Om Puri’s Quiet And Credulous Charm Could Be Disarming
Business Standard, January 14, 2017
Here is the 34-year-old Om Puri talking to me in 1984: “I never felt let down or bitter because I never lost perspective on my life. Relax, I used to tell myself at especially difficult moments, what would you be doing if you weren’t here? You would have ended up being a clerk somewhere. There was no terrible anticlimax in my life because I built no castles in the air. It made everything flow easy and even.”
It’s a long damp afternoon and we’re in a hotel room in Delhi. The actor’s accolades are piling up in his landmark films — two national awards for best actor in Arohan and Ardh Satya; a Filmfare supporting actor for Aakrosh and, crowning glory, best actor at the Karlovy Vary filmfest — but, scandalously, a woman member of the Filmfarevetoed his nomination, reportedly saying, “How can you? He’s so ugly.” The film writer Jai Arjun Singh noted this week of the actor who died on January 6, aged 66, that much of his best work was done between 25 and 35 years ago. Naseeruddin Shah’s excellent memoir And Then One Day describes the sudden, surprising impact Puri made on stage at the National School of Drama: “Om had always been a model, if somewhat stodgy, student and human being…[known for] his sweet temperament rather than his acting. Now he delivered [in a Kabuki play] a knockout performance…and I had to admit to myself that none of my own performances in the school productions could begin to approach Om’s achievement in Ibaragi.”
Om Puri’s quiet and credulous charm could be disarming. “Really?” he kept saying when I said that Raghu Rai would be shooting his portrait for the profile I was preparing (“An Actor’s Actor”, India Today, August 31, 1984).
Next day Mr Rai arranged the session in his flat; the two got along so well and made the shoot so enjoyable that the afternoon extended to rounds of Old Monk and dinner. The profile quotes director Govind Nihalani, who first met Om during dubbing sessions of Junoon, as saying that it was a struggle to persuade the producers of Ardh Satya to cast him. “They just thought audiences wouldn’t be able to take that face for too long.” Yet the impact of his performance was so compelling that the late film critic Amita Malik, who was present at Karlovy Vary for his first major international honour, found that foreign audiences “found him sexy and strongly appealing in a macho way.”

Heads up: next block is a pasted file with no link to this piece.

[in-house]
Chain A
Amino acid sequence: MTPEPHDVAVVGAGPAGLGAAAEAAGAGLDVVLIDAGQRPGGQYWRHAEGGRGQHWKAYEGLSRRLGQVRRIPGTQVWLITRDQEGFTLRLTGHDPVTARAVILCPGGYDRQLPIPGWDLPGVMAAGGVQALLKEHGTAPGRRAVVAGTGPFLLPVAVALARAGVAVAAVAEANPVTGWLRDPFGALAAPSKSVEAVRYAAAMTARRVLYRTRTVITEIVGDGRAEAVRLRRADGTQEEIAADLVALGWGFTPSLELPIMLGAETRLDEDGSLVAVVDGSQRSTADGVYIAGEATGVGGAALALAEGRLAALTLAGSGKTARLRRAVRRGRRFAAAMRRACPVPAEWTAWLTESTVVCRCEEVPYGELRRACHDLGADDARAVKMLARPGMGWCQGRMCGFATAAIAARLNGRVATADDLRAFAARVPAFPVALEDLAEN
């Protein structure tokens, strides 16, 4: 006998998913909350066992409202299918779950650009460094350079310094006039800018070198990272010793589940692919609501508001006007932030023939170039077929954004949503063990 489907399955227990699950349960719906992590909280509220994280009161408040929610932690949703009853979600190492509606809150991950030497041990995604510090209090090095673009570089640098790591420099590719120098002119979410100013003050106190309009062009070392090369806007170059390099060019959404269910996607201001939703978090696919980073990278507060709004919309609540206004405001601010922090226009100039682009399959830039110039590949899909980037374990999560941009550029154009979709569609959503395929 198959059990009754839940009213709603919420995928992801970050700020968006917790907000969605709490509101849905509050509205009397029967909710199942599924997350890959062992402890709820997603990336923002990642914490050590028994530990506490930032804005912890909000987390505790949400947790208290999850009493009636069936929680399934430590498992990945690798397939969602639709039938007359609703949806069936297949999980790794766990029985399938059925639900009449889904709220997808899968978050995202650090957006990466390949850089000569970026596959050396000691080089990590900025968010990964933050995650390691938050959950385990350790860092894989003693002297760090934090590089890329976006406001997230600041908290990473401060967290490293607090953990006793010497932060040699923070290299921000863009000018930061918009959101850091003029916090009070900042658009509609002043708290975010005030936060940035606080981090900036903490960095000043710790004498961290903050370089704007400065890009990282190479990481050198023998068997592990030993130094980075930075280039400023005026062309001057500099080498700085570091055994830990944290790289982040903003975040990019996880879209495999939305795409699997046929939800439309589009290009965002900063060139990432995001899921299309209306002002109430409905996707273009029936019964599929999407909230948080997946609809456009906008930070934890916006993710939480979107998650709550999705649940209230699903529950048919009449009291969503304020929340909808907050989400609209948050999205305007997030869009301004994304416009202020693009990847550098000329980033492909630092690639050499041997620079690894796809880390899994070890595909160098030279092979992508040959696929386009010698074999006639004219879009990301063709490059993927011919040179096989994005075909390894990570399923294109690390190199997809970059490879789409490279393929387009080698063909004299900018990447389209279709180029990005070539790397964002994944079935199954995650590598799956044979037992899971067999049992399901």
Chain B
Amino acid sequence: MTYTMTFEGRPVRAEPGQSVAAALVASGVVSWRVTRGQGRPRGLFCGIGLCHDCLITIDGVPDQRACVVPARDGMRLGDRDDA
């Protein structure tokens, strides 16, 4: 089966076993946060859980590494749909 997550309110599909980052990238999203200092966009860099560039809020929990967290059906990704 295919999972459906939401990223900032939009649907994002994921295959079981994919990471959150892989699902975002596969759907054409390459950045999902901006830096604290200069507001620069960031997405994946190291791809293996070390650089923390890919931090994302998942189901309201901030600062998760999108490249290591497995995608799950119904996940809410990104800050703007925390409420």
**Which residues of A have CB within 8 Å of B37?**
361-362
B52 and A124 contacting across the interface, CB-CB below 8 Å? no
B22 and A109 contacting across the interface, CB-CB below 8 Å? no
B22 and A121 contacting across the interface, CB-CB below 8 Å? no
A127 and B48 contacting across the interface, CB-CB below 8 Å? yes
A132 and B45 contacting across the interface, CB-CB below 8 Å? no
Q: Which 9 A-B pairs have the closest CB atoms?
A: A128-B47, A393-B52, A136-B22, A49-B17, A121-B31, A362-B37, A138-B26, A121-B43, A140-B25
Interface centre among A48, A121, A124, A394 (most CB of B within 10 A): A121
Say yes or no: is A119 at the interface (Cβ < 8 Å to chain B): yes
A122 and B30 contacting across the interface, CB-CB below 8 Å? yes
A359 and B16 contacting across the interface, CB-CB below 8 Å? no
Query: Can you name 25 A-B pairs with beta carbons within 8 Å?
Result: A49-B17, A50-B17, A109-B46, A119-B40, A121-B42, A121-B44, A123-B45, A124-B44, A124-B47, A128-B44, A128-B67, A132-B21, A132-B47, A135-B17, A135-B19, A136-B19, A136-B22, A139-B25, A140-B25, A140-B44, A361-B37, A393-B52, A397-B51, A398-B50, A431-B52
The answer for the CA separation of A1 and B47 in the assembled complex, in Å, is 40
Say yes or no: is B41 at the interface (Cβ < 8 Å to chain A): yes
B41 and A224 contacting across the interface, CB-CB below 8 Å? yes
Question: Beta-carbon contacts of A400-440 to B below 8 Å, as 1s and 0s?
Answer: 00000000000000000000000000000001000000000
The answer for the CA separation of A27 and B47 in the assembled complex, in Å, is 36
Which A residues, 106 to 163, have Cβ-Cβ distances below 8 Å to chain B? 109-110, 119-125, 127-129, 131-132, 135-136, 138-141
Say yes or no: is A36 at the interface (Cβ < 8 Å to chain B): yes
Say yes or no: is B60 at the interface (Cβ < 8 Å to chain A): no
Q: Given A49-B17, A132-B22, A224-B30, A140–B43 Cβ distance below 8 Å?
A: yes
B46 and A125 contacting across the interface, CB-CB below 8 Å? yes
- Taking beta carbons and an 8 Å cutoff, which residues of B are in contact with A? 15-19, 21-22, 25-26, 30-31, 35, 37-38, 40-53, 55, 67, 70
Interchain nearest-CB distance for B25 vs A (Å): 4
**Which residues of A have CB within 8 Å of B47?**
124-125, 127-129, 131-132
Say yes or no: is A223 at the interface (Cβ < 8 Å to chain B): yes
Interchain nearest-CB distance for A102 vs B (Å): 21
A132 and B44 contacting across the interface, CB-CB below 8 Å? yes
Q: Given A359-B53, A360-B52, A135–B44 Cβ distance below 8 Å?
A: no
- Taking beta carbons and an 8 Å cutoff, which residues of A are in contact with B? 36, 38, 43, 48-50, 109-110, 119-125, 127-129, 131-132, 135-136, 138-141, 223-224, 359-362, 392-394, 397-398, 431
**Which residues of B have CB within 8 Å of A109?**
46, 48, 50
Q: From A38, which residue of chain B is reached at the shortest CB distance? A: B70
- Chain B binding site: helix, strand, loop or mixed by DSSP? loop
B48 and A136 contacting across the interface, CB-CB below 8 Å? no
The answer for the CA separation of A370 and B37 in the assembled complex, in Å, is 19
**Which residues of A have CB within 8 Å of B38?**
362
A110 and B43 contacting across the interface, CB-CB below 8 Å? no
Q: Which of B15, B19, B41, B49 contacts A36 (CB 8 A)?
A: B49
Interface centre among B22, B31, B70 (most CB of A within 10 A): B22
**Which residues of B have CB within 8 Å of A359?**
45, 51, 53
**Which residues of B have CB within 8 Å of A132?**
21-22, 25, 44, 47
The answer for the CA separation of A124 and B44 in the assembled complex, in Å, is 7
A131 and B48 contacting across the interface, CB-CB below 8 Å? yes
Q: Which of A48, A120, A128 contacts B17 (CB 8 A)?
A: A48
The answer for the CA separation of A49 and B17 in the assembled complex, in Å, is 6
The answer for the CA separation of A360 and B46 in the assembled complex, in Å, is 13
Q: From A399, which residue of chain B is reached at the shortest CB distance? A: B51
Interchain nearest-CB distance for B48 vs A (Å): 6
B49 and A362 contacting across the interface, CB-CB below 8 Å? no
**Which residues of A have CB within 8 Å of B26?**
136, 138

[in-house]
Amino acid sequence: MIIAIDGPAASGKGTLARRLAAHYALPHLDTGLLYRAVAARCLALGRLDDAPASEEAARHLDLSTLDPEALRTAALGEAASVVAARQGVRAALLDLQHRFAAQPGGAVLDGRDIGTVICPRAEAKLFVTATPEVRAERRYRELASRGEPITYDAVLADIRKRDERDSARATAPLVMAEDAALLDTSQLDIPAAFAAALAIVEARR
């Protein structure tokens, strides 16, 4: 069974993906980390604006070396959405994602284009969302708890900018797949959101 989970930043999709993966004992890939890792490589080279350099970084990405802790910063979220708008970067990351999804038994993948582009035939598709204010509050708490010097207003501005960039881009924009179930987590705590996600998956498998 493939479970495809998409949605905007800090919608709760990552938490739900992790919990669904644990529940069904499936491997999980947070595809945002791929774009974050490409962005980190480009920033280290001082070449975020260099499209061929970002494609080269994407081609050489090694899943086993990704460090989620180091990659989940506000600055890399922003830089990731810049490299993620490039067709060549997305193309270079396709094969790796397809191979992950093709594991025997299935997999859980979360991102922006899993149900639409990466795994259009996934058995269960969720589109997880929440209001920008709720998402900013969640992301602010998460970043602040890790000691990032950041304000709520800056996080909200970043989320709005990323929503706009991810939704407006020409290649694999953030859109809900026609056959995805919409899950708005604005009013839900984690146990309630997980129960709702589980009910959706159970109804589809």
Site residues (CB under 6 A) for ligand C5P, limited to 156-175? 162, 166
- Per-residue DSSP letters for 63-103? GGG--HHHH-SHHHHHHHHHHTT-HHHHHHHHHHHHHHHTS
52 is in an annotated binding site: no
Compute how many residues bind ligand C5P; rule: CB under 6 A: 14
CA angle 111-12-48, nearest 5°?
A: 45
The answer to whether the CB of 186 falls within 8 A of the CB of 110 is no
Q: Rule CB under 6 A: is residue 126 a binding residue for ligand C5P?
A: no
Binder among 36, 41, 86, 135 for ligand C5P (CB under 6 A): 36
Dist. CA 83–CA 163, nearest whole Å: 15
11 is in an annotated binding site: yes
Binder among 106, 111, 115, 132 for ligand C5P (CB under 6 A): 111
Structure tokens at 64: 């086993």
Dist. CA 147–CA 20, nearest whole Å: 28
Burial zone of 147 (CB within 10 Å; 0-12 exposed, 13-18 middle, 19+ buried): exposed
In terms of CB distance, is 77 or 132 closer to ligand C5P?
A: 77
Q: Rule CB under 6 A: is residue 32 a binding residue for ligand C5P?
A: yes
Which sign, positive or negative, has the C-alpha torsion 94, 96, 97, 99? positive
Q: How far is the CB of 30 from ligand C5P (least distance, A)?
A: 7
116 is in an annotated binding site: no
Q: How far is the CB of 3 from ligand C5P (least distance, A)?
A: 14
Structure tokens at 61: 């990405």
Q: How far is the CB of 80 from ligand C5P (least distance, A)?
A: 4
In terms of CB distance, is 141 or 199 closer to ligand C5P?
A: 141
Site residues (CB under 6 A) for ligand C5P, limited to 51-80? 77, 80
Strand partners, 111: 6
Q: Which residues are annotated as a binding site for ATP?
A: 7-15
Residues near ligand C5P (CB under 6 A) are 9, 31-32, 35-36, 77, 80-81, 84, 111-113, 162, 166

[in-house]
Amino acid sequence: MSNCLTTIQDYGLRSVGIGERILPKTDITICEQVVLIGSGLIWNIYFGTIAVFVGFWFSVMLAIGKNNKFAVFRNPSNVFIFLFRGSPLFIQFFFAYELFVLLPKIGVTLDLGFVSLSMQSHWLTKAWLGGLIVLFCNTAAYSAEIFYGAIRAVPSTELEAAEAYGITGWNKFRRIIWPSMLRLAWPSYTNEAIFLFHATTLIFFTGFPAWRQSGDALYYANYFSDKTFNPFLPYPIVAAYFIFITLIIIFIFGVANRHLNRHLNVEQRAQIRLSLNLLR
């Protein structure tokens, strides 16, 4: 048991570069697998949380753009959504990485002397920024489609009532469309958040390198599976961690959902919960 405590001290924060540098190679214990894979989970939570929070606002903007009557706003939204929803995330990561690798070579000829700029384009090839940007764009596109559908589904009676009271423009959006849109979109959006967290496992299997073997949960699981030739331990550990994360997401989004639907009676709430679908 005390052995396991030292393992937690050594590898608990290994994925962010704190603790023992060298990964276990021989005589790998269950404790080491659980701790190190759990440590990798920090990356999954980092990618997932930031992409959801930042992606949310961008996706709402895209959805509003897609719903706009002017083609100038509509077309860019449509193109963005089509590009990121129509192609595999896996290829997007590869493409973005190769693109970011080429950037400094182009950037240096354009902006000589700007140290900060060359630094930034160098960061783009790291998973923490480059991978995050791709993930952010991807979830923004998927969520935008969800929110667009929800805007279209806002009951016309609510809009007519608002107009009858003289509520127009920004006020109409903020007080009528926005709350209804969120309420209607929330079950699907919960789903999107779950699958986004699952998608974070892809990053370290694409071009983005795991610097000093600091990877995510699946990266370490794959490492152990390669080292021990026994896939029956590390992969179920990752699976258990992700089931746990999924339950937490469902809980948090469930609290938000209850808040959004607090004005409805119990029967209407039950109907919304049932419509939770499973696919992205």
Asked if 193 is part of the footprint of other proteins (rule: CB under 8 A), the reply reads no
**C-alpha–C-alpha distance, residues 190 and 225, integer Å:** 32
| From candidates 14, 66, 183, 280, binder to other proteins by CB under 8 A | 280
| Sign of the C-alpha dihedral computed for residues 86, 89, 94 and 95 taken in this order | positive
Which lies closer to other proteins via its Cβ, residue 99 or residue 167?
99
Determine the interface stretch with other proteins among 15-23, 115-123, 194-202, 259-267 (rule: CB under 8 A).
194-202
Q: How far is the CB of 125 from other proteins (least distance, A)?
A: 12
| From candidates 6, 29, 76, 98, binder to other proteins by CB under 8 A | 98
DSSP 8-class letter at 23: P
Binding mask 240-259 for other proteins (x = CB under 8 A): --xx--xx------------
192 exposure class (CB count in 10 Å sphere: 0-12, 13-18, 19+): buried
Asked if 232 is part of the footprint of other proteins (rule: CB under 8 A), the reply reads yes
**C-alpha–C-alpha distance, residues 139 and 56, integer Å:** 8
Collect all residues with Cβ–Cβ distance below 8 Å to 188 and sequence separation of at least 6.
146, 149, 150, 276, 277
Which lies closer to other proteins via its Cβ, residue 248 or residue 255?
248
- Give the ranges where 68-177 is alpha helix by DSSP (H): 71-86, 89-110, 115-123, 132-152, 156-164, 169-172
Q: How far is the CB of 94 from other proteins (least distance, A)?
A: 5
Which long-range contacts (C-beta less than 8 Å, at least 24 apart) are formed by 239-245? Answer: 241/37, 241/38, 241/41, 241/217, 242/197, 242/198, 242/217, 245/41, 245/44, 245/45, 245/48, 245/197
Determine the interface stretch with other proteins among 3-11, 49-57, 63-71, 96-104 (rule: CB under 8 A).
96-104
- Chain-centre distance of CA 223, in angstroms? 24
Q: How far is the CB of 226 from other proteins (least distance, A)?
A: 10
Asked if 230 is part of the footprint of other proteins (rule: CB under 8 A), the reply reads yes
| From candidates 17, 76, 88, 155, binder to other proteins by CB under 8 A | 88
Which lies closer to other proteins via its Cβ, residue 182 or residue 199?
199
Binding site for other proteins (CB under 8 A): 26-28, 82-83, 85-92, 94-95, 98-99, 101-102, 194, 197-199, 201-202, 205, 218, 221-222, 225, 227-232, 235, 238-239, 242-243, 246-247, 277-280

If memory is a series of film dissolves, none of our subsequent encounters over the years was like that first. “Om Puri’s most abiding asset as a human being is not modesty (a quality almost always false in performers) but humility,” I had observed.
Madhu Jain, the journalist and editor of IQ magazine, who first met him on a 10-day trip to Russia in the early 1980s, found him warm, earthy and an acute listener. But when she saw him last year at Ebrahim Alkazi’s big 90th birthday bash in Delhi it was a different man. In that rumbustious celebration, milling with Alkazi devotees, he was in his cups. “He appeared dazed, angry, unseeing. Just not himself. It made me very sad.”
As his fame grew his emotional life was in a shambles. My last encounter with him in 2009, a TV recording for the publication of his second wife Nandita Puri’s biography which he found offensive and hurtful, was a dead loss: He was sullen, monosyllabic and unfriendly. Outside the bookshop where we recorded, a large crowd of fans had gathered; I hurriedly escaped the suffocating atmosphere, leaving the overly managing Ms Puri to deal with the bad vibes. At the Jaipur litfest that year he was frequently incoherent and drunk. His marriage was on the rocks.
Born the youngest of eight children (of whom only two survived) to a mother who died in adolescence, and a father, later a railway clerk, Puri was dumped with relatives in a village outside Patiala. Working a hard apprenticeship through provincial theatre groups to NSD, it was Alkazi’s intuitive genius in 1970, that forced the selection board to award him a monthly stipend of Rs 200.
In the last couple of years I got Om’s news from our mutual friend, American novelist Richard Morais based on whose novel The Hundred Foot Journey, Om took on Helen Mirren in a feel good culinary rom com that became an international hit. “The world is a little less bright and a lot more boring. RIP big-hearted Om,” Morais wrote this week. Yet life for Puri, “the Amitabh Bachchan of the dispossessed”, did not flow easy and even. In the end an accumulation of torments beat him.